Content of the article: "Old mmorpgs weren’t without problems."
Nor are modern mmorpgs without problems. That is the nature of opportunity cost. When you cater to one group of players, these decisions might not sit well with other players. I see the same issues being repeated endlessly every week on this sub and I hope some people will see this post and try to understand why things are different now.
#1. Endgame is much easier to reach now with a much shorter initial level grind and a heavier focus on end game gear grind. Older players seem to hate this but I want to mention that old mmorpgs had a very intense level grind. Casuals would take very long to reach endgame. In otherwords, grinding existed in both old and new mmos, but at least now instead of grinding a level 30 bandit over and over, you're grinding end game content over and over. Some people seem to dislike this because it isn't as 'rewarding'. While this is true and I did indeed feel much more satisfaction from hitting high levels or the level cap in the past, I also hated the tedious aspect of killing unimpressive junk mobs and doing boring quests over and over. The newer system allows players to reach the core gameplay much faster and as a result, the sunken cost fallacy also has a lower impact. If I do stay as a player, it's because the gameplay is fun, not because I feel it's a waste to stop because I'm basically committed since I've spent hundreds of hours slaying junk mobs.
#2. Quality of life features; auction houses/group finders/etc. While I do enjoy looking back on those memories, I can say that without nostalgia glasses, sitting around in town spamming chat isn't my idea of fun. If you were unlucky, it could take forever to sell or buy an item. You could end up waiting long periods of time before getting a team to go do a dungeon. If you had to do a quest or farm something noone else needed, you'd probably spend your entire evening trying to find people instead of actually playing the game.
#3. Deadzones and obsolete content. Deadzones were rarer in the past because the level grind was intense. Places were more populated because more people were stuck in those places. Content was also sparse, and with lesser things to do, each area was more likely to have more people in them. I would like to mention obsolete content is often left in the game so veterans can revisit these areas for fun and new players have the option experiencing them. Revamping or removing old areas takes away the choice. Yes, as a result, these spots are often unpopulated but you're almost always not required to visit them anyway. Removing deadzones just because they're an eyesore to you takes away the choice and freedom of other players who want to experience them. Gear also didn't become obsolete because new content didn't out as frequently nor were they as game changing. Keeping gear relevant means limiting the creative freedom of expansions, and it also forces new players to grind through old content to get to the exciting new things. While this makes veteran players feel more rewarded for their efforts, it's a bad new player experience. Look at how many people complained about being forced to experience the main story of FFXIV when all they wanted to do was play new content with their friends.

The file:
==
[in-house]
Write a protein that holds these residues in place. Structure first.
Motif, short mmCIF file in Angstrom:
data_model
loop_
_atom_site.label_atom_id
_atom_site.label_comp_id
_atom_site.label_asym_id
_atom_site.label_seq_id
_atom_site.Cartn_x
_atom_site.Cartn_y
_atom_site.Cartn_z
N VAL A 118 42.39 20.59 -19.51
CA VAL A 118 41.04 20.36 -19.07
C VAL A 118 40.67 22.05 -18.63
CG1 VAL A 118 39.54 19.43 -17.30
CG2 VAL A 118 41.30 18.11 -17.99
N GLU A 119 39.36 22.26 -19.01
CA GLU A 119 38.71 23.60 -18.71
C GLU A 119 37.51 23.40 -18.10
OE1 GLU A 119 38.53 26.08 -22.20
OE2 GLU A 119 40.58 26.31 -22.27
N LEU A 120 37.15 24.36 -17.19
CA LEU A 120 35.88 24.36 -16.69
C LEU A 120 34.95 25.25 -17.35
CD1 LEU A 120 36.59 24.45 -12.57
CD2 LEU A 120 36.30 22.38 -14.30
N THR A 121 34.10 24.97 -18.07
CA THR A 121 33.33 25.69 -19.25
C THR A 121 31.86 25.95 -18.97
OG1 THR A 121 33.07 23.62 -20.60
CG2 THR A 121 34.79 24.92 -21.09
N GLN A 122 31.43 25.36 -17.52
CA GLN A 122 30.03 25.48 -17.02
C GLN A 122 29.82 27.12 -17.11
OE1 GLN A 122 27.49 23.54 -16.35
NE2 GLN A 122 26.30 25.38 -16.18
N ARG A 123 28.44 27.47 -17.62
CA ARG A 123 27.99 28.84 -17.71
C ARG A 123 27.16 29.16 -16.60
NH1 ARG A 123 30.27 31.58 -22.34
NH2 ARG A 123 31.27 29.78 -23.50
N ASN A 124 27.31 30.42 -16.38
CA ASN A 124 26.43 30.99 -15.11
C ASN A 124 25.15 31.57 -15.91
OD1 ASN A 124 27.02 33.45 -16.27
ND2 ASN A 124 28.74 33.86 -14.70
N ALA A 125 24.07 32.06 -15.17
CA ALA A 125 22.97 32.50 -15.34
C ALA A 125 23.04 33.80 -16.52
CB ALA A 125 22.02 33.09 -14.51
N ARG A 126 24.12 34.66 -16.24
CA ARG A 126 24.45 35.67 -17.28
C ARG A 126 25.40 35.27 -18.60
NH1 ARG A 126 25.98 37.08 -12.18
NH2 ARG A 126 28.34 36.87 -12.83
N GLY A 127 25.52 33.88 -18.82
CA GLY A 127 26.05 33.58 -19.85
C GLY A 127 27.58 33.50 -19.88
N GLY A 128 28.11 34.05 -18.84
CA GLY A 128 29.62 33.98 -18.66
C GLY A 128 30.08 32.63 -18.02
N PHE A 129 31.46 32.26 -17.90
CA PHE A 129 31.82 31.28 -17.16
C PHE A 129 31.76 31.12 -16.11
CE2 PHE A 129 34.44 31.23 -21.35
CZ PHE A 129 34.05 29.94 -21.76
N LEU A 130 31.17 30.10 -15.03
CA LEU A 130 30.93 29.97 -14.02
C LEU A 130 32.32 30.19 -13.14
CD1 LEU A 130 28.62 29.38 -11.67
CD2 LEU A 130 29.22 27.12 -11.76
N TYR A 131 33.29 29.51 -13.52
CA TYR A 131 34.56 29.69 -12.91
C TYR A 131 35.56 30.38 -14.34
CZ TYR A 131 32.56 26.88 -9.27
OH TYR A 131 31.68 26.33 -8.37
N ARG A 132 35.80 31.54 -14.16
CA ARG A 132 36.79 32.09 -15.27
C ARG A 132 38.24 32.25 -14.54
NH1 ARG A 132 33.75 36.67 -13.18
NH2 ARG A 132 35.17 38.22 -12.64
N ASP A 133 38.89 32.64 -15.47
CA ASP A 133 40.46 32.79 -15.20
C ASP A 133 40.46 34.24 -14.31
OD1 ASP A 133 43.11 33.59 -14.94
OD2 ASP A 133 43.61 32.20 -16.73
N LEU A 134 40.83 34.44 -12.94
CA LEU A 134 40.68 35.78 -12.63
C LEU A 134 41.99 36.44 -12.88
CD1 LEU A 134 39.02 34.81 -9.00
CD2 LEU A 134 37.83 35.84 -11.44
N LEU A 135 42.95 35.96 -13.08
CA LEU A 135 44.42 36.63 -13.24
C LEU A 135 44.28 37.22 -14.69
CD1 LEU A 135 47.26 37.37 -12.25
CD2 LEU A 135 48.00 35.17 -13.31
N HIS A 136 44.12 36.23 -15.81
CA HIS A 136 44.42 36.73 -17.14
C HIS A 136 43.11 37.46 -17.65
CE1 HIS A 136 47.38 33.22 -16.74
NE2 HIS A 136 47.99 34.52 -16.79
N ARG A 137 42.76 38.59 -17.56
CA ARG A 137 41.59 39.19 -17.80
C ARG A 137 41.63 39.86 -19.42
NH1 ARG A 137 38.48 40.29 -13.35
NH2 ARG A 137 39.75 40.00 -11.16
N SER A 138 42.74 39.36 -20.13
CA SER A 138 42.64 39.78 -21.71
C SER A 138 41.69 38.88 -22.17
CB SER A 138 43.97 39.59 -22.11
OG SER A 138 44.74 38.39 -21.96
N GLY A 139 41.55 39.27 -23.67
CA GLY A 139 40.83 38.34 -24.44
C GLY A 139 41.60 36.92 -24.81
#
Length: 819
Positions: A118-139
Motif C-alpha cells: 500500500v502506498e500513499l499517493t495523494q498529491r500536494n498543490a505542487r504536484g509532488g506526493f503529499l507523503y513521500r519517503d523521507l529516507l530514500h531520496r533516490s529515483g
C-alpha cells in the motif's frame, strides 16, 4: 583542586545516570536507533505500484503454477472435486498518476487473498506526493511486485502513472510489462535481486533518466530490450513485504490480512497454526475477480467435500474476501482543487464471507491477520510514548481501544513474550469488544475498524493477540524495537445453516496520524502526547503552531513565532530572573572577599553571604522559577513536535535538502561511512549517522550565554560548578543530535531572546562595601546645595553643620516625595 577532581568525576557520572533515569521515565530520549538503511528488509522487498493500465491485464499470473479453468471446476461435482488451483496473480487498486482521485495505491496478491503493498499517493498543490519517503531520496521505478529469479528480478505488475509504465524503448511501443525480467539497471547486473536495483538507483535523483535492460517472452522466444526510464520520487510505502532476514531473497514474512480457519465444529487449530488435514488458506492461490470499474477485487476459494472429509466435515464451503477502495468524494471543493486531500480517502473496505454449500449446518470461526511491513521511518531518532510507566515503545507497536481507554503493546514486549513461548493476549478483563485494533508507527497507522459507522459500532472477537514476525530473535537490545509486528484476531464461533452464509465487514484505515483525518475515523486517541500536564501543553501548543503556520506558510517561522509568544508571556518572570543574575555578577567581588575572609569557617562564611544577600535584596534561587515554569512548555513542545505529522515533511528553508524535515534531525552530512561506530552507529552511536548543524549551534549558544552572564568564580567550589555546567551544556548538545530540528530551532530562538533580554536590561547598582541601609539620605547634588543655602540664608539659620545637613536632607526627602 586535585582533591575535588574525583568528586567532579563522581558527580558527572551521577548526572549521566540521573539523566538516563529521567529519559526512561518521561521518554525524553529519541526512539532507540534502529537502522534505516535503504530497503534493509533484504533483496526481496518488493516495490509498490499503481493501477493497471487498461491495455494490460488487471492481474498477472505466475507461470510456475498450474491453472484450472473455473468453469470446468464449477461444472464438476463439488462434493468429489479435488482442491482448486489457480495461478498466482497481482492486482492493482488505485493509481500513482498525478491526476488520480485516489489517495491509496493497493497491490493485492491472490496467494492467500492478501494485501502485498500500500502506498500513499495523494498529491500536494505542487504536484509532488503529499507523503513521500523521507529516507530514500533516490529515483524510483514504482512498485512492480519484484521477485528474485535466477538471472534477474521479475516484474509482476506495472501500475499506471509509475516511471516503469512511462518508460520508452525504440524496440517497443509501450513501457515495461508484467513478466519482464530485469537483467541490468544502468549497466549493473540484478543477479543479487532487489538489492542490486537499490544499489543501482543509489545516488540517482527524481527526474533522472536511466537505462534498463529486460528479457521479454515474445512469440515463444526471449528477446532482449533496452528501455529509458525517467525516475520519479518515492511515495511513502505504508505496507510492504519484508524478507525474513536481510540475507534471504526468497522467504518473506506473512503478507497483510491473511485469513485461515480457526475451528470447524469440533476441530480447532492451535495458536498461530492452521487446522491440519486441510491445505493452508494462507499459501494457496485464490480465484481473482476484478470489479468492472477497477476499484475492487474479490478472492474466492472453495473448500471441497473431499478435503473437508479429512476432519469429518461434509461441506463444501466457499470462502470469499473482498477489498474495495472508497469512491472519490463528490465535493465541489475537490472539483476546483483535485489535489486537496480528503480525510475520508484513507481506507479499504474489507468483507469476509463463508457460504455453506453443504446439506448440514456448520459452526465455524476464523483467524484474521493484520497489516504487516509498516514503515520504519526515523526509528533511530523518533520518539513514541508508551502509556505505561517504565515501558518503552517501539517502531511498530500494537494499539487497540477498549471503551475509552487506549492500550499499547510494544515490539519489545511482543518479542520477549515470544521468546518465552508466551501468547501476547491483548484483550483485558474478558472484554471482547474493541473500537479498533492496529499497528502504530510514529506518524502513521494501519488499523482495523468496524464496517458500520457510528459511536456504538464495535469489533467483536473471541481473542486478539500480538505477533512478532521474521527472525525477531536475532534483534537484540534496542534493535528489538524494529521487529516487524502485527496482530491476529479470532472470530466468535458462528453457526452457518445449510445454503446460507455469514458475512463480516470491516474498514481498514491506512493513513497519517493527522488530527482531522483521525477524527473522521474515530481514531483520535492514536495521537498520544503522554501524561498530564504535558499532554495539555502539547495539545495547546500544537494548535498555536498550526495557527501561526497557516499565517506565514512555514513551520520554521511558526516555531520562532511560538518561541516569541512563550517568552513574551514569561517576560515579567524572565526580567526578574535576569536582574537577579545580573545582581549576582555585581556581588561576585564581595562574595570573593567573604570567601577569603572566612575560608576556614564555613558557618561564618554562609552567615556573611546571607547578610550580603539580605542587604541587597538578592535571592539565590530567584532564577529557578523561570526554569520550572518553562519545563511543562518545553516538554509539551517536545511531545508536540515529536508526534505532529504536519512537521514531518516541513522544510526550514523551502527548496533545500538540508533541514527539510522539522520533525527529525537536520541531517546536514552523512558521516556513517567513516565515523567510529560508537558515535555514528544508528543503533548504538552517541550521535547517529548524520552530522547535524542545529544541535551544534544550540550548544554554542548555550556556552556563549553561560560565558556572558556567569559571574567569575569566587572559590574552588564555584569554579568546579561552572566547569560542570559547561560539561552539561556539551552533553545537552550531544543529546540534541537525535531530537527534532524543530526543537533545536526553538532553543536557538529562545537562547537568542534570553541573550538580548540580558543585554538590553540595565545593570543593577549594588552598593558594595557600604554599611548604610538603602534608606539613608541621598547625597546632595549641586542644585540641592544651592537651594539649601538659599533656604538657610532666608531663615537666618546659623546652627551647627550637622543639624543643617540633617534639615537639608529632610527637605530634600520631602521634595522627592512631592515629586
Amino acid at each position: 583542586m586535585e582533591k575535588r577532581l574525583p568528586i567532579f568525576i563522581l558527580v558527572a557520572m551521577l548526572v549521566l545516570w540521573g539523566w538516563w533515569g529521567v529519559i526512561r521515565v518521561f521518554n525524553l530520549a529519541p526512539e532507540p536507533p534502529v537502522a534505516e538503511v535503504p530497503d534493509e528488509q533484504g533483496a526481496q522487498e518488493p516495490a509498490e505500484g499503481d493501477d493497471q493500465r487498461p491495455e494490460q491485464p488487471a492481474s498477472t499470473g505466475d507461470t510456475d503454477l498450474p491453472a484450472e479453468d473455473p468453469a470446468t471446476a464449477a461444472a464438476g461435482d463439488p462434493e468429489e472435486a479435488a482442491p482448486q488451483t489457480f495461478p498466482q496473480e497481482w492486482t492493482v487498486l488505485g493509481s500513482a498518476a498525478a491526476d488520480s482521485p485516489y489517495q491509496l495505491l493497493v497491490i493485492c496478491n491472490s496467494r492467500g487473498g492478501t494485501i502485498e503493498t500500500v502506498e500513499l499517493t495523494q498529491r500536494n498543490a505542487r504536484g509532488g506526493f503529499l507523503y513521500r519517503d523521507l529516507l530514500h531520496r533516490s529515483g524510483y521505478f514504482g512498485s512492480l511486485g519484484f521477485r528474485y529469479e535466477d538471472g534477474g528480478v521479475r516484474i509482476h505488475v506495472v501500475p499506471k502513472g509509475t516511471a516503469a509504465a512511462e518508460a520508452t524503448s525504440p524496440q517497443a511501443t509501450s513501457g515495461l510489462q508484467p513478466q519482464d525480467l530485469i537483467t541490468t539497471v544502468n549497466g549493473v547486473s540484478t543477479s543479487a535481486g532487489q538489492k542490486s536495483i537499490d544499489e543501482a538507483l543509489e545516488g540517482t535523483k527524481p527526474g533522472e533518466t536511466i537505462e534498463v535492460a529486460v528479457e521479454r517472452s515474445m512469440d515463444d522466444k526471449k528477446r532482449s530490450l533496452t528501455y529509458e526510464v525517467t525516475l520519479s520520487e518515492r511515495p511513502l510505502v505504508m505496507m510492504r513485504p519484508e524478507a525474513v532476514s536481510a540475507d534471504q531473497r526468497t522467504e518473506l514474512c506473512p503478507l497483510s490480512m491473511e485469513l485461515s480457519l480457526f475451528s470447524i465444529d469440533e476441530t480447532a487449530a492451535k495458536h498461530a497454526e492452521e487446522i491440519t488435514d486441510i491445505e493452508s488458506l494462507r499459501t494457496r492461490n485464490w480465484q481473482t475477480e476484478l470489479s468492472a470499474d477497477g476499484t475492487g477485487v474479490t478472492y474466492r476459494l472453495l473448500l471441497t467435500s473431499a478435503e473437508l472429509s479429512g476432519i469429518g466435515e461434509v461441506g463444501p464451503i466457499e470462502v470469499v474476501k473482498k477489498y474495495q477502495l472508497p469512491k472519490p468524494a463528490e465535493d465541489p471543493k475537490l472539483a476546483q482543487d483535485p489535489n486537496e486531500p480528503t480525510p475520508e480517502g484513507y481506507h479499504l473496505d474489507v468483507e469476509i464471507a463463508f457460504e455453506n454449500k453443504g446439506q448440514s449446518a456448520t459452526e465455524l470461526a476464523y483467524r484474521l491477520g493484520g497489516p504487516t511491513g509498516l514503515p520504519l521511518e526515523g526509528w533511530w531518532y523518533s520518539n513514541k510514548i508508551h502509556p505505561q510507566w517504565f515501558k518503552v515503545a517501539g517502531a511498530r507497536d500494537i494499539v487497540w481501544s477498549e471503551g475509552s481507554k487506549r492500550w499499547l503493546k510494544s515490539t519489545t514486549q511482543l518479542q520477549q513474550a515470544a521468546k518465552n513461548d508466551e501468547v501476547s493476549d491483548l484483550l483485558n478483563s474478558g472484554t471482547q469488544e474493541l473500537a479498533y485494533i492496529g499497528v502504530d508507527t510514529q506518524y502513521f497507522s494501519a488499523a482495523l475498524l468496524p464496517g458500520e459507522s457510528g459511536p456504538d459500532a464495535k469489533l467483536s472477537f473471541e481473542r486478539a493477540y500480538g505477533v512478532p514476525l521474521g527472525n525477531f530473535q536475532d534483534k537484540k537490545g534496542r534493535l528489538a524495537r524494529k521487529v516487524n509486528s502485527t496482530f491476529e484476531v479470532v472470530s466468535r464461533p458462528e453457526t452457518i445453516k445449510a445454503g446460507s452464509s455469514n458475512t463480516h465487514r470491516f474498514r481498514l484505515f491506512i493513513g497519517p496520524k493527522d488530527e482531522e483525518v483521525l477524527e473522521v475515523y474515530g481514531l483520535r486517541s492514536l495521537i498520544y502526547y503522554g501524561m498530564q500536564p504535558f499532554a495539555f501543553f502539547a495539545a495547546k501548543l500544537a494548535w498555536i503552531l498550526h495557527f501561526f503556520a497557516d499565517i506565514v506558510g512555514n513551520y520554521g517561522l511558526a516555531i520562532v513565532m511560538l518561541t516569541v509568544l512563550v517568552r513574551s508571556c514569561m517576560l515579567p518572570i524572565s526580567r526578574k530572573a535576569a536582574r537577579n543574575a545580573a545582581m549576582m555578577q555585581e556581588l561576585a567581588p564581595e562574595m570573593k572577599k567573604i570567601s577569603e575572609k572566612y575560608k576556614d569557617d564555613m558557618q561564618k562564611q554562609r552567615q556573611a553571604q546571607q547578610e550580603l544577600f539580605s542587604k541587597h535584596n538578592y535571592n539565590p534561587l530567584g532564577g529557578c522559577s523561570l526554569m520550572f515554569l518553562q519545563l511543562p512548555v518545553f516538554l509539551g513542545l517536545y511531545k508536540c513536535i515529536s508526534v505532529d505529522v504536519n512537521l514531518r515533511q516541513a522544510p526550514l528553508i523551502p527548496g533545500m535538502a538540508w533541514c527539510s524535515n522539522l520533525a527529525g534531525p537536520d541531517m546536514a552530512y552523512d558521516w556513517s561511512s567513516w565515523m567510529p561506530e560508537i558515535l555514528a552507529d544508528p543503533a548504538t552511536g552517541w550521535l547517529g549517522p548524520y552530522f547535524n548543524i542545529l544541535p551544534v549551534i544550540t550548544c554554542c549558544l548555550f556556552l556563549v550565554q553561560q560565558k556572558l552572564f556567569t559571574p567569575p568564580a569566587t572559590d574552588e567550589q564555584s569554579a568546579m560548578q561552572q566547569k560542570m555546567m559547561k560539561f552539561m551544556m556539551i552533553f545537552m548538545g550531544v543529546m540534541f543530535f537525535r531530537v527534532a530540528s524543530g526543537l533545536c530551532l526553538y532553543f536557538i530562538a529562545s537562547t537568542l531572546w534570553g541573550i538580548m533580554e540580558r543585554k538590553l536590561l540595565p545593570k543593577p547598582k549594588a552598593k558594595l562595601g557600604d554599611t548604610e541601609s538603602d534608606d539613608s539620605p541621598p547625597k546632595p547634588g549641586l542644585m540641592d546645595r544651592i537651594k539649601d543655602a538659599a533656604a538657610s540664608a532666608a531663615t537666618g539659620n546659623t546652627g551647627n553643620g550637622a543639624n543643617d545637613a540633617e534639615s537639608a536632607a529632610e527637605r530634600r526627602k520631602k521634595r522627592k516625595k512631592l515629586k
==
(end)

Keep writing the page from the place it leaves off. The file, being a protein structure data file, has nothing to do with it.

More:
It's a matter of picking your poison. No game is perfect and no game ever will be. If you think a game is perfect, then you're probably dismissing it's flaws or pretending not to notice them. If somehow you aren't doing that and still find it perfect, then it probably means it wasn't perfect for someone else.
Can the people here slap themselves with some self awareness? There's nothing wrong with enjoying nostalgia but please don't be blinded by it. Also, people reaaaaaaaally need to stop citing old mmorpg populations as proof that they were better. Game genre trends change over time. Look at the drop in population in battle royale games. Despite the games being objectively better (new graphics/new content/same core gameplay), less people are playing them. It's because fads are a thing and they change over time. The mmorpg fad happened back then and has since passed. Lower populations aren't necessarily because the newer mmorpgs are worse.
Have a good day.
- I have absolutely no ambition to go grind for a god roll anymore
- Going back to basics
- The Problems with Vertical Progression MMORPGs
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